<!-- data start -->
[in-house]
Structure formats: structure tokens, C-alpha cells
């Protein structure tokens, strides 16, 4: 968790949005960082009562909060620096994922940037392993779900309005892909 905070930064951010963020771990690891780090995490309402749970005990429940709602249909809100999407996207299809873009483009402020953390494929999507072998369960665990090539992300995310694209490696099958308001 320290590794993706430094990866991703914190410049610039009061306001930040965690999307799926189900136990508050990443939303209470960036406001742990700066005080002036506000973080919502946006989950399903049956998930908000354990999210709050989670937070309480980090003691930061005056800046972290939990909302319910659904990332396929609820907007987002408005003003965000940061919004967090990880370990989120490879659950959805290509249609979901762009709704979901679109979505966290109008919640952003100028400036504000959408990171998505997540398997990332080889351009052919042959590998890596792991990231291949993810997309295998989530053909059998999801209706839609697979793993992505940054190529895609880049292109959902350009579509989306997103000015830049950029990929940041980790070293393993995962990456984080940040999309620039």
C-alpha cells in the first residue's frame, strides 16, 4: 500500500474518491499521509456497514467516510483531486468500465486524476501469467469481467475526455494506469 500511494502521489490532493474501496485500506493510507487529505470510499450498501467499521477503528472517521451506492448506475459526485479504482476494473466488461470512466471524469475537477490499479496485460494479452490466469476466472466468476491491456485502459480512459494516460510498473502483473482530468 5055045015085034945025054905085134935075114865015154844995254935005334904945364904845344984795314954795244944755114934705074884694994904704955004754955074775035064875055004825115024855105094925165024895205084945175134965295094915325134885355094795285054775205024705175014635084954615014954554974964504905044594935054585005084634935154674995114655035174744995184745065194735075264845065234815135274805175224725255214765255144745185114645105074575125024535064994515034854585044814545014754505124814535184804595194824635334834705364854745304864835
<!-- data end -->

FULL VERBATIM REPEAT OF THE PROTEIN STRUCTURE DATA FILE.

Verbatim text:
[in-house]
Structure formats: structure tokens, C-alpha cells
């Protein structure tokens, strides 16, 4: 968790949005960082009562909060620096994922940037392993779900309005892909 905070930064951010963020771990690891780090995490309402749970005990429940709602249909809100999407996207299809873009483009402020953390494929999507072998369960665990090539992300995310694209490696099958308001 320290590794993706430094990866991703914190410049610039009061306001930040965690999307799926189900136990508050990443939303209470960036406001742990700066005080002036506000973080919502946006989950399903049956998930908000354990999210709050989670937070309480980090003691930061005056800046972290939990909302319910659904990332396929609820907007987002408005003003965000940061919004967090990880370990989120490879659950959805290509249609979901762009709704979901679109979505966290109008919640952003100028400036504000959408990171998505997540398997990332080889351009052919042959590998890596792991990231291949993810997309295998989530053909059998999801209706839609697979793993992505940054190529895609880049292109959902350009579509989306997103000015830049950029990929940041980790070293393993995962990456984080940040999309620039």
C-alpha cells in the first residue's frame, strides 16, 4: 500500500474518491499521509456497514467516510483531486468500465486524476501469467469481467475526455494506469 500511494502521489490532493474501496485500506493510507487529505470510499450498501467499521477503528472517521451506492448506475459526485479504482476494473466488461470512466471524469475537477490499479496485460494479452490466469476466472466468476491491456485502459480512459494516460510498473502483473482530468 5055045015085034945025054905085134935075114865015154844995254935005334904945364904845344984795314954795244944755114934705074884694994904704955004754955074775035064875055004825115024855105094925165024895205084945175134965295094915325134885355094795285054775205024705175014635084954615014954554974964504905044594935054585005084634935154674995114655035174744995184745065194735075264845065234815135274805175224725255214765255144745185114645105074575125024535064994515034854585044814545014754505124814535184804595194824635334834705364854745304864835